- 8) She believes in astrology, blaming or praising May and me for one thing or another because we were born in the Year of the Sheep and the Year of the Dragon, respectively. next »
- 9) It was only after my son was born and I had a friend who was interested in astrology, especially the influence of the moon, that I got to understand better about the cycles of the moon and those horse stud calendars all made more sense to me.
- 10) As we already know astrology is wrong, there's no need to get it right, is there?
- 11) I have to admit, the equation of global warming denialism to astrology is quite apt.
- 12) ‘Modern texts often refer to Uranus as the planet that governs astrology and astrologers.’
- 13) ‘Electional astrology is using astrology to select the best date for an important event.’
- 14) ‘Real astrology is horary astrology, or divination, and can never be other than divination.’
- 15) ‘Since then he has also learned to read tarot cards, and continues to pursue his studies in astrology.’
- 16) ‘Since then she has studied astrology broadly and now has a wealth of experience to draw on.’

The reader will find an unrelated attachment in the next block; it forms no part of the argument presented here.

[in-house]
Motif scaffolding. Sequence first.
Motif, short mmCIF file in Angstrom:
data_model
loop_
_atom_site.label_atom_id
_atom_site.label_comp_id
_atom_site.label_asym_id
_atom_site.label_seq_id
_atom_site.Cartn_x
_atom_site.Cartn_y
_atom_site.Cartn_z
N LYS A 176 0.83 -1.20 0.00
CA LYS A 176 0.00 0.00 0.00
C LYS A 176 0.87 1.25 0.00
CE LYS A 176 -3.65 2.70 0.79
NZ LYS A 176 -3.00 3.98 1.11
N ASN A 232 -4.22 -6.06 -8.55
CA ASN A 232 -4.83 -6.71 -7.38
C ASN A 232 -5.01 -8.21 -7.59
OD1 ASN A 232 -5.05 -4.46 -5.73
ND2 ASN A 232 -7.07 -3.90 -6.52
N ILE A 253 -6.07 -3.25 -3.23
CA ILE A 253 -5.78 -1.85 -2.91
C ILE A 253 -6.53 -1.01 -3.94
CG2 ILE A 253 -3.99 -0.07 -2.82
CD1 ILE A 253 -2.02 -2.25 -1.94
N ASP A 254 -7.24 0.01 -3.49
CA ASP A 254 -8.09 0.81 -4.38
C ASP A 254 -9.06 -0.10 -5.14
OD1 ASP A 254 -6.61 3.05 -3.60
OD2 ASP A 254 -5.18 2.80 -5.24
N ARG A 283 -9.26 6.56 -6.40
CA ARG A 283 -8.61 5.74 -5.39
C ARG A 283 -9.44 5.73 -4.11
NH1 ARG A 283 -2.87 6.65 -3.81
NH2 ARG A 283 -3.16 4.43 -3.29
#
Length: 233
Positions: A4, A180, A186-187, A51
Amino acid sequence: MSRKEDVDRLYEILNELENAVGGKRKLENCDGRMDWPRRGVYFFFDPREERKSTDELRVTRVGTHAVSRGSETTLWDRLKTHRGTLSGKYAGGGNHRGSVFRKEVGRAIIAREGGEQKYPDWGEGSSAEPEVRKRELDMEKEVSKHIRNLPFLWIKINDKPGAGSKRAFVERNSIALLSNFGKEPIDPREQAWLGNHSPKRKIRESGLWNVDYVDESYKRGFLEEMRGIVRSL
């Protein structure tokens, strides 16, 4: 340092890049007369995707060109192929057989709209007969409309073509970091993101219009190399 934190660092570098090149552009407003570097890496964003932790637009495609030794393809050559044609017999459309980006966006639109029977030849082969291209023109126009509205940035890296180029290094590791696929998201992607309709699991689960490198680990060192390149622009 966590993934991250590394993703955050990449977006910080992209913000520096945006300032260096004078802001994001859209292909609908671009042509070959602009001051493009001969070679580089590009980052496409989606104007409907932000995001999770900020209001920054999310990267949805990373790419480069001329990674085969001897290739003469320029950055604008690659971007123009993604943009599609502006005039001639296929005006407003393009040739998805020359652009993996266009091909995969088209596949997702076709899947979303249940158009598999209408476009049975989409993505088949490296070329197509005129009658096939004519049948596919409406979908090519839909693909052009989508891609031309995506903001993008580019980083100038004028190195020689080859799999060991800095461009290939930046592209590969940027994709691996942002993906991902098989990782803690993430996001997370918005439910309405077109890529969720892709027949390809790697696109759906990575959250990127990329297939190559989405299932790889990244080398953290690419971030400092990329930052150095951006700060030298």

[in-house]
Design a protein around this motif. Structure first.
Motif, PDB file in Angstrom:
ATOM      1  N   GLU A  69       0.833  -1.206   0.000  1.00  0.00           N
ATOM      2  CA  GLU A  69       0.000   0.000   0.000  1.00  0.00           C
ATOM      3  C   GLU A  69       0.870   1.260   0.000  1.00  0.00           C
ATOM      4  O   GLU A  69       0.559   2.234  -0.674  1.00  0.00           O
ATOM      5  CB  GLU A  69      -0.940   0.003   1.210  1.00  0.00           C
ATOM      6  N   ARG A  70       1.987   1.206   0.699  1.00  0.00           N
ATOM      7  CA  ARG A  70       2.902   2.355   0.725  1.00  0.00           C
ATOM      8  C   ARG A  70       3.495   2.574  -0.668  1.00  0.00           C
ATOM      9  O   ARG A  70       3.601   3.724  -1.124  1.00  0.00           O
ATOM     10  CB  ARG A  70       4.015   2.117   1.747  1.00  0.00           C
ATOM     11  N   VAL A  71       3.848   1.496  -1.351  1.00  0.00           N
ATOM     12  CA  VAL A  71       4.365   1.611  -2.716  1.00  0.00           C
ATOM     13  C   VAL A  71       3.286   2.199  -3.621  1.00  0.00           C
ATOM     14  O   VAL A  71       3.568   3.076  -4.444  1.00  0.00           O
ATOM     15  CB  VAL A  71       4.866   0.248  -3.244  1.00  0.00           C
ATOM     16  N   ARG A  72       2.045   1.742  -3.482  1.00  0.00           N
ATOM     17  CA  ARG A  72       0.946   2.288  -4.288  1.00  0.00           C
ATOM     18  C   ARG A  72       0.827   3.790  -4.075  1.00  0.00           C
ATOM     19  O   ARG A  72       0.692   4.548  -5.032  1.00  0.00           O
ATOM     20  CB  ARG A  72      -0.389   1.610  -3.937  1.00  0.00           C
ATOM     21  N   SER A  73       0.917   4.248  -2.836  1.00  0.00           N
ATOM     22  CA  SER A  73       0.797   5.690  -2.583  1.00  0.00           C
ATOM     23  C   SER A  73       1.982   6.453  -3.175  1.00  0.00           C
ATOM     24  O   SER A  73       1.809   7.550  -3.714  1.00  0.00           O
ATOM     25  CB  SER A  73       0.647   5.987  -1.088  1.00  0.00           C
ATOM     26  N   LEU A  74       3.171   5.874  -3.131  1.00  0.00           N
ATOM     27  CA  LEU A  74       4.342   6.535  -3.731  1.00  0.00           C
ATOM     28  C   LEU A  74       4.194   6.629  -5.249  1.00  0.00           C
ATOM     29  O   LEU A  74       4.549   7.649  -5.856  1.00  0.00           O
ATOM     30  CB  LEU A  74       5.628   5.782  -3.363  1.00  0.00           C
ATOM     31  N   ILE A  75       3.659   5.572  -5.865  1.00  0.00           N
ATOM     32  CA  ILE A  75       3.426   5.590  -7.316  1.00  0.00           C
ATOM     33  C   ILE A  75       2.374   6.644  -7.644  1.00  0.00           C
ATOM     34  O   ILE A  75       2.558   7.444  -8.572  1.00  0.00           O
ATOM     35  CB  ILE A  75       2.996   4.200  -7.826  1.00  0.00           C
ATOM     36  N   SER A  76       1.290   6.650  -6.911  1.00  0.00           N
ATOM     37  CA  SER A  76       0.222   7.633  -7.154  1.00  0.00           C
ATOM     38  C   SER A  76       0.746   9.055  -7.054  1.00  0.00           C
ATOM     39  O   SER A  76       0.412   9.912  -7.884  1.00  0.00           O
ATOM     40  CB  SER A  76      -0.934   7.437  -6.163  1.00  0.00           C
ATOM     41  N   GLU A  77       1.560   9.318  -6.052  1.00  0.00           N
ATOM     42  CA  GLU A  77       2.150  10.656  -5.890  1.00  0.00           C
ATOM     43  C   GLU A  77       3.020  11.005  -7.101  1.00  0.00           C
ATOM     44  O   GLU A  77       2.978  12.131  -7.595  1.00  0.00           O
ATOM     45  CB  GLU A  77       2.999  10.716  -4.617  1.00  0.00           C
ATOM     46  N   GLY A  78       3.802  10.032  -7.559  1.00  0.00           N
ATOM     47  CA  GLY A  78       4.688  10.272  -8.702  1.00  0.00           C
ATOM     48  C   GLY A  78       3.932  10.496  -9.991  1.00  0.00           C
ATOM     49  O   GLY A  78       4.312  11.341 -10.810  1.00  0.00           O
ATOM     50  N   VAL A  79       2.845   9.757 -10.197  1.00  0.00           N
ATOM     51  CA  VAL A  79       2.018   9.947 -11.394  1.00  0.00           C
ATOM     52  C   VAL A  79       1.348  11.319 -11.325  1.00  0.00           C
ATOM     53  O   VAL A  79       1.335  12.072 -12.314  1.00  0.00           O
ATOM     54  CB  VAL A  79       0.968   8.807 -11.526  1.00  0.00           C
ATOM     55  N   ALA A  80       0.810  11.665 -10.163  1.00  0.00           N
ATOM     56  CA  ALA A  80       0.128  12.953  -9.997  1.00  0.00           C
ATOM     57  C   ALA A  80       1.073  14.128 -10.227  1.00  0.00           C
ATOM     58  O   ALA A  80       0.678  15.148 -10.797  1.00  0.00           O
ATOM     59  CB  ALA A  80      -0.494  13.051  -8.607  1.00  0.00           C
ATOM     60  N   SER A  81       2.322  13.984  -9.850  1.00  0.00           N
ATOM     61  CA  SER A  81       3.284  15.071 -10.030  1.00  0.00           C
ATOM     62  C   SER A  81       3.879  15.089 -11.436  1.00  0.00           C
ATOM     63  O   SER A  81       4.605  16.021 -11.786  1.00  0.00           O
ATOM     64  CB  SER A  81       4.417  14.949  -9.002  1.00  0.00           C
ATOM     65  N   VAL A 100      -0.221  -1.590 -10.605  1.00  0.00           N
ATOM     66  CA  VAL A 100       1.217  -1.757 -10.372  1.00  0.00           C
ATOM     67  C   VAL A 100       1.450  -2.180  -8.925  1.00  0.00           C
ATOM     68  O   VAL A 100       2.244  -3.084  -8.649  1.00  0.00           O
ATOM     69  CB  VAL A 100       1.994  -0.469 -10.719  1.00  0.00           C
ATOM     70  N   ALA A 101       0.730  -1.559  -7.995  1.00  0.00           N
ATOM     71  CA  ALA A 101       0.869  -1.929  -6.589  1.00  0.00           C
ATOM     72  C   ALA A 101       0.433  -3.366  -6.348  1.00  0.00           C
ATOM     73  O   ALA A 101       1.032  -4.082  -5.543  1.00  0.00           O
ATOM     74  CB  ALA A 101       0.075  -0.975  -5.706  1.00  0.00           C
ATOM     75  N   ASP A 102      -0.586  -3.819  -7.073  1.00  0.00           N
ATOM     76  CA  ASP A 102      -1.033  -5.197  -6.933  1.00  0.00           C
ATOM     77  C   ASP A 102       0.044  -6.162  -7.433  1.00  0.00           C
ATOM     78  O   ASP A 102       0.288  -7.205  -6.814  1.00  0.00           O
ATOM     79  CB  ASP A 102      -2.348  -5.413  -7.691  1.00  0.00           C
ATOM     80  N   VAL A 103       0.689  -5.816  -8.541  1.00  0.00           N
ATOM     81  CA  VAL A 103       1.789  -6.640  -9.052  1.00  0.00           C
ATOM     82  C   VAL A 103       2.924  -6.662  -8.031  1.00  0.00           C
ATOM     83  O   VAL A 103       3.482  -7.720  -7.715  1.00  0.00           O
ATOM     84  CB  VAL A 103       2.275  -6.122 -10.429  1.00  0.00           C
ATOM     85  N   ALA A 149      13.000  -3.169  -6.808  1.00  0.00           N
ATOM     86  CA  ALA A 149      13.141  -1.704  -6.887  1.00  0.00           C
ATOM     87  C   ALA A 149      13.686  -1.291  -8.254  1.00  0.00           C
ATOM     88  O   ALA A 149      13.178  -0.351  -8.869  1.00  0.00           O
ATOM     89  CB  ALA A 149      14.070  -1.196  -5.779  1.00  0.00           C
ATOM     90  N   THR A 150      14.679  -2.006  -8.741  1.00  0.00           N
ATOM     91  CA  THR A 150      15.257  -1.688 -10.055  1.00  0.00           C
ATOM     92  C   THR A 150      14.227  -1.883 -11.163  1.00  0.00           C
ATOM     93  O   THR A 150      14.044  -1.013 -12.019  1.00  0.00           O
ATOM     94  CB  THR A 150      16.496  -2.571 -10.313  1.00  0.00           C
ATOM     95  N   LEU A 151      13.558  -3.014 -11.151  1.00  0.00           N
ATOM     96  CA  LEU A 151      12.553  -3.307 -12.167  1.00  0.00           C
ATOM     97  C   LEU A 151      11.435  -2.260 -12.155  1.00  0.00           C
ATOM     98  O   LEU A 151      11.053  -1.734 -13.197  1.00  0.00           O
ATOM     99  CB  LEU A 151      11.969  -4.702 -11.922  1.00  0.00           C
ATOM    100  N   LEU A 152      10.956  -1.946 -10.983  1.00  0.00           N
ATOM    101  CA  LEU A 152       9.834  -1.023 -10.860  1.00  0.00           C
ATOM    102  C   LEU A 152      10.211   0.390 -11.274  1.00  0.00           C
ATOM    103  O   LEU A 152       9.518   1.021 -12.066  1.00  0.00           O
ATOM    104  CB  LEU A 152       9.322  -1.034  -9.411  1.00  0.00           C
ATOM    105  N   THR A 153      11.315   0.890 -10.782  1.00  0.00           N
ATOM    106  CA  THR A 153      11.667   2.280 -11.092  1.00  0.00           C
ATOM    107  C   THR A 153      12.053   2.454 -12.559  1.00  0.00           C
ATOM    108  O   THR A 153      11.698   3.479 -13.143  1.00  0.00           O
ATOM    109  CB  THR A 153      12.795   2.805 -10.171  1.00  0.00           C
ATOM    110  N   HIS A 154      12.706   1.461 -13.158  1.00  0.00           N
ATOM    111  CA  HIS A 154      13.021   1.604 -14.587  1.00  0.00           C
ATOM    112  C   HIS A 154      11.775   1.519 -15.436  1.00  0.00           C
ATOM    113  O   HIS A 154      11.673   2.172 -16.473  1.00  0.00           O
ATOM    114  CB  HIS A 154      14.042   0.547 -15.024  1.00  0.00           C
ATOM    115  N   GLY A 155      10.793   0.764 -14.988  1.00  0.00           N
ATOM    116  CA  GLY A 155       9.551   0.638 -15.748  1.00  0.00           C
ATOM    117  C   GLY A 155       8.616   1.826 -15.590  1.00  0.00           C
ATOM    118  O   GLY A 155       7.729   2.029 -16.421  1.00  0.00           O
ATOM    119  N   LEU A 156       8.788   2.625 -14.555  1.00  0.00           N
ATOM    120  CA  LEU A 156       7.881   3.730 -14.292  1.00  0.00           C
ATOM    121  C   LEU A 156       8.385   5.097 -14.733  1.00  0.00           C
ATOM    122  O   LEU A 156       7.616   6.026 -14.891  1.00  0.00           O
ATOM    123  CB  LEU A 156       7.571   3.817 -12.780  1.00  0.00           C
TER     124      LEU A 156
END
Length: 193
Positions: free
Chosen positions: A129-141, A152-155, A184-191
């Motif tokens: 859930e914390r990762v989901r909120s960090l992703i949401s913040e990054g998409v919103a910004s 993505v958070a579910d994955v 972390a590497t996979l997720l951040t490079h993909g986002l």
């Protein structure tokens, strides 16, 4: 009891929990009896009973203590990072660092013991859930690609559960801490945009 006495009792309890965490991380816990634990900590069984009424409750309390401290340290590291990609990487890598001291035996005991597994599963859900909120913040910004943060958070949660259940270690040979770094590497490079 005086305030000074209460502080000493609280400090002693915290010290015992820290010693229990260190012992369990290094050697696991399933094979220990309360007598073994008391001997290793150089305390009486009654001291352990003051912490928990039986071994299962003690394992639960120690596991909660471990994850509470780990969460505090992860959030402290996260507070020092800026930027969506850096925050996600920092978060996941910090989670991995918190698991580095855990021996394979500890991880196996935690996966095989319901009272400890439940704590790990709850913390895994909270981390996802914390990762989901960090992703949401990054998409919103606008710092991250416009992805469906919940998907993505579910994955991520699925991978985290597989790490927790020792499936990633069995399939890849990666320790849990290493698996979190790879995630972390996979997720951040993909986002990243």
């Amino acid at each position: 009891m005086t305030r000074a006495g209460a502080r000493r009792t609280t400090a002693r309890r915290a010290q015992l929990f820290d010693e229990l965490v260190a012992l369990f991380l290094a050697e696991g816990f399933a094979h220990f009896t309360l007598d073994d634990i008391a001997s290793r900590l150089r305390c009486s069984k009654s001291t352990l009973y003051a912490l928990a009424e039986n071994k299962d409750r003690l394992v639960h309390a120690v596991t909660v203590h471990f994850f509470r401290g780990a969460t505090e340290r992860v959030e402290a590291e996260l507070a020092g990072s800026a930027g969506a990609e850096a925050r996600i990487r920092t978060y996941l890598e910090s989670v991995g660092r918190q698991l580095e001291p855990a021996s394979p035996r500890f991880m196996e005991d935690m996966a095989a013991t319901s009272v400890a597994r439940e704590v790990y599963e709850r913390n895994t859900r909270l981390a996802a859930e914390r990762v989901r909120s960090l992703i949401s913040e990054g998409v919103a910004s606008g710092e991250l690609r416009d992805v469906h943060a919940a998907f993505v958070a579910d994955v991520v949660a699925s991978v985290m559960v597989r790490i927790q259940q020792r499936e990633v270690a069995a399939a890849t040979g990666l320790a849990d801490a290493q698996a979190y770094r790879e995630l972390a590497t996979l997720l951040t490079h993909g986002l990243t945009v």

- 17) ‘There is so much more to astrology than the sun sign and horoscope columns you read in the papers.’
- 18) ‘Its influence was always dreaded in mundane astrology, being unfavourable to the farmer's work.’
- 19) ‘It is unlikely that he ever practised astrology in the sense of drawing up charts and interpreting them.’
- 20) ‘He studied alchemy, astrology and the Kaballah as a boy and later became a doctor of medicine.’
- 21) ‘Horary astrology is a technique used to answer specific question by using astrological guidance.’
- 22) ‘This book is the best introduction to astrology that I have seen so far.’
- 23) ‘The planets, signs, houses and aspects are the nuts and bolts of astrology.’